Security forces Wednesday surrounded a bus filled with nuns and schoolgirls that was hijacked by armed guerrillas as it headed for a Mass to be celebrated by Pope John Paul II.
Helicopters and armed cars blanketed central Maseru as 100 armed soldiers and police set up roadblocks and kept spectators at least four blocks from the bus, parked on the grass outside the British High Commission, or embassy.Police denied an earlier report that some of the approximately 70 captives, including eight nuns and 36 children, 16 women and 10 men, had been released.
Bad weather and mechanical trouble, meanwhile, forced the plane carrying John Paul from Botswana to divert from Maseru to Johannesburg in South Africa, where the pontiff was informed of the hijacking but made no comment. The pope later left by road for Maseru, where he will celebrate a Mass on Thursday.
Official Lesotho Radio said a group of "fanatics" had taken over the bus of papal pilgrims Tuesday. Diplomats said the guerrillas were believed to be members of the dissident Lesotho Liberation Army.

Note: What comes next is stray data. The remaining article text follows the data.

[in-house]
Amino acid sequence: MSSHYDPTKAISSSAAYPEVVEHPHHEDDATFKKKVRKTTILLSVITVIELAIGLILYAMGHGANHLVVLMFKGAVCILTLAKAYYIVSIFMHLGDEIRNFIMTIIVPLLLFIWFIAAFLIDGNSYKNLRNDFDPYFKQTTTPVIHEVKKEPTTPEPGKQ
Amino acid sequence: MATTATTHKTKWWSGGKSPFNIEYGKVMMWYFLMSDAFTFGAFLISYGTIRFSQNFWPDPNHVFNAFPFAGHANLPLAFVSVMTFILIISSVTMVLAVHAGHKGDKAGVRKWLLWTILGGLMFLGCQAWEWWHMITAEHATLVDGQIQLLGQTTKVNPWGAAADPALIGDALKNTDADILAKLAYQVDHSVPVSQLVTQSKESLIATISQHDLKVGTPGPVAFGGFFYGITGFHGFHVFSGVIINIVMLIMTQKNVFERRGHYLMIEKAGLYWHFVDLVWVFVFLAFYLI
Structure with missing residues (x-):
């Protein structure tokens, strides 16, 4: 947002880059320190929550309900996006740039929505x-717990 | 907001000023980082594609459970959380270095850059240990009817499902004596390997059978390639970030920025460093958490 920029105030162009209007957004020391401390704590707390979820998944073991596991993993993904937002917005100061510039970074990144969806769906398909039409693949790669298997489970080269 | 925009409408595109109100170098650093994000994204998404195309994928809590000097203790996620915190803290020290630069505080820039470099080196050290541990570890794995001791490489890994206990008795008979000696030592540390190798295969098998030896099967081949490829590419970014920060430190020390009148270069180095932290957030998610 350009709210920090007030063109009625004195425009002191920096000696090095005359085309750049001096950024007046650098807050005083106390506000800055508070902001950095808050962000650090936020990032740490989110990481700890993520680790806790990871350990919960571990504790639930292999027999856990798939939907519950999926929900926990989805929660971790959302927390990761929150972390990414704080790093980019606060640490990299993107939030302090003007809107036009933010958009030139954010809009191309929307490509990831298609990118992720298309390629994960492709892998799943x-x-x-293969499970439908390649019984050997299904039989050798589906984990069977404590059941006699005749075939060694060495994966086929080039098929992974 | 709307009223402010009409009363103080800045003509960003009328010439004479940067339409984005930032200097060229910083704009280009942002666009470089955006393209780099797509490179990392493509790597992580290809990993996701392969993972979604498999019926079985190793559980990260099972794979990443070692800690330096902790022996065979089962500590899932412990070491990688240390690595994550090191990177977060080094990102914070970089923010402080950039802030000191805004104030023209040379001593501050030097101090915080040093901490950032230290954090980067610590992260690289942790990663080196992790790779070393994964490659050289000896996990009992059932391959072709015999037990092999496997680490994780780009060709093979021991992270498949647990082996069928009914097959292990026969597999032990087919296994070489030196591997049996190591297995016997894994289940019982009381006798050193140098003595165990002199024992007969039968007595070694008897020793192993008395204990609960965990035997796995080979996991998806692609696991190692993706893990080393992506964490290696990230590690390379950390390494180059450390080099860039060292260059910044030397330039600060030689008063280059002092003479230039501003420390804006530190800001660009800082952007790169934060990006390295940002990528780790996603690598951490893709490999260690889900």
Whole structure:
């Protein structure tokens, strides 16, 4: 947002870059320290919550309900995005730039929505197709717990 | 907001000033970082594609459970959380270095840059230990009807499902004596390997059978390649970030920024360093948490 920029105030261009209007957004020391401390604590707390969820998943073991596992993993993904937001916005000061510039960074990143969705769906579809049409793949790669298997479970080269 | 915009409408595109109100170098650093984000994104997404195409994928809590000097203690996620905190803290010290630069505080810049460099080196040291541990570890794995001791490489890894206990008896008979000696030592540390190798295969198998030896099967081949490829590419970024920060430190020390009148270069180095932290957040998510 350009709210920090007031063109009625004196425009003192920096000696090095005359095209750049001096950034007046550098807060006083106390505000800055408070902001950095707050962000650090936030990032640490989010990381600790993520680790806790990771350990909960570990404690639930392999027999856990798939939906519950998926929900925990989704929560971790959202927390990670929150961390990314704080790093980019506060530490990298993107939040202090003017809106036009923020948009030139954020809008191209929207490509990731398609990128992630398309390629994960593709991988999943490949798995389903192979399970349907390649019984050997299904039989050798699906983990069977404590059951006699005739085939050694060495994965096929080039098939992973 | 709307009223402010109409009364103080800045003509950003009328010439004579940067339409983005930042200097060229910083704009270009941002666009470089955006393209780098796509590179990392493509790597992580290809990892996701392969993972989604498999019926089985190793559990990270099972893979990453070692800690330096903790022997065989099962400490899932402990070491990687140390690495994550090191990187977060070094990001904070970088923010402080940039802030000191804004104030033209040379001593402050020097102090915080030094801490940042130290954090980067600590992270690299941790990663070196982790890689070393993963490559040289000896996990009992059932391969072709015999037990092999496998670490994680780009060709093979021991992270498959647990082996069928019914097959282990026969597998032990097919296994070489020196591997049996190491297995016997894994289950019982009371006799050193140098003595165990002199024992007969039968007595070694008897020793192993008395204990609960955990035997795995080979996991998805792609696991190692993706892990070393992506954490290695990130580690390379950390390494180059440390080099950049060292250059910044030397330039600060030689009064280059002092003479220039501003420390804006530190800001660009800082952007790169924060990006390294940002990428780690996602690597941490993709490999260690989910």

Four hijackers posing as pilgrims boarded the bus Tuesday at the start of its journey to Maseru from rural Lesotho, the radio said. The rebels were armed with an automatic rifle, a pistol and two grenades.
Lesotho Radio said the hijackers' request to meet British High Commissioner John Edwards had been refused.
The hijackers asked Wednesday that a Catholic priest be taken to the bus. Unofficial sources said they believed the priest would open negotiations between the hijackers and Lesotho's military rulers.
At Johannesburg airport, Foreign Minister R.F. Botha said South African forces had entered Lesotho to help free the hostages.
Earlier, three police armored personnel carriers and some soldiers were seen on the South African side of the border post just outside Maseru.
South Africa had been omitted from the pope's five-nation southern Africa tour after South African bishops said it was not an appropriate time for a visit. The pope has spoken out against apartheid, the system of racial segregation in South Africa.
Witnesses said guerrillas took over the bus at Mazenod, outside Maseru. They said police surrounded the bus but later moved back and let it proceed to Maseru.